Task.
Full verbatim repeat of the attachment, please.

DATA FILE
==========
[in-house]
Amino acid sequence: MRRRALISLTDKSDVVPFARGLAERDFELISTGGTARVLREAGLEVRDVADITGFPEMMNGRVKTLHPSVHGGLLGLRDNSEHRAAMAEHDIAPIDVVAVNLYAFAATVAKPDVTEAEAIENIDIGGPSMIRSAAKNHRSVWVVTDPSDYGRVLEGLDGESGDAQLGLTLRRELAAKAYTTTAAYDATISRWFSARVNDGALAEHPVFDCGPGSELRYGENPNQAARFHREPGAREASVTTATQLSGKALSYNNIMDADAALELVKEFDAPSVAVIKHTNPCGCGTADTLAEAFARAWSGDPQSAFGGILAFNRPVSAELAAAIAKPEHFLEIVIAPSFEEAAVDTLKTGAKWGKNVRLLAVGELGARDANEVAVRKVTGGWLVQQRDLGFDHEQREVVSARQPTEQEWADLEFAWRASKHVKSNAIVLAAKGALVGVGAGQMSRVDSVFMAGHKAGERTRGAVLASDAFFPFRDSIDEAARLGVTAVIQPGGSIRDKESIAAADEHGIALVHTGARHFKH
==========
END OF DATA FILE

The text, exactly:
[in-house]
Amino acid sequence: MRRRALISLTDKSDVVPFARGLAERDFELISTGGTARVLREAGLEVRDVADITGFPEMMNGRVKTLHPSVHGGLLGLRDNSEHRAAMAEHDIAPIDVVAVNLYAFAATVAKPDVTEAEAIENIDIGGPSMIRSAAKNHRSVWVVTDPSDYGRVLEGLDGESGDAQLGLTLRRELAAKAYTTTAAYDATISRWFSARVNDGALAEHPVFDCGPGSELRYGENPNQAARFHREPGAREASVTTATQLSGKALSYNNIMDADAALELVKEFDAPSVAVIKHTNPCGCGTADTLAEAFARAWSGDPQSAFGGILAFNRPVSAELAAAIAKPEHFLEIVIAPSFEEAAVDTLKTGAKWGKNVRLLAVGELGARDANEVAVRKVTGGWLVQQRDLGFDHEQREVVSARQPTEQEWADLEFAWRASKHVKSNAIVLAAKGALVGVGAGQMSRVDSVFMAGHKAGERTRGAVLASDAFFPFRDSIDEAARLGVTAVIQPGGSIRDKESIAAADEHGIALVHTGARHFKH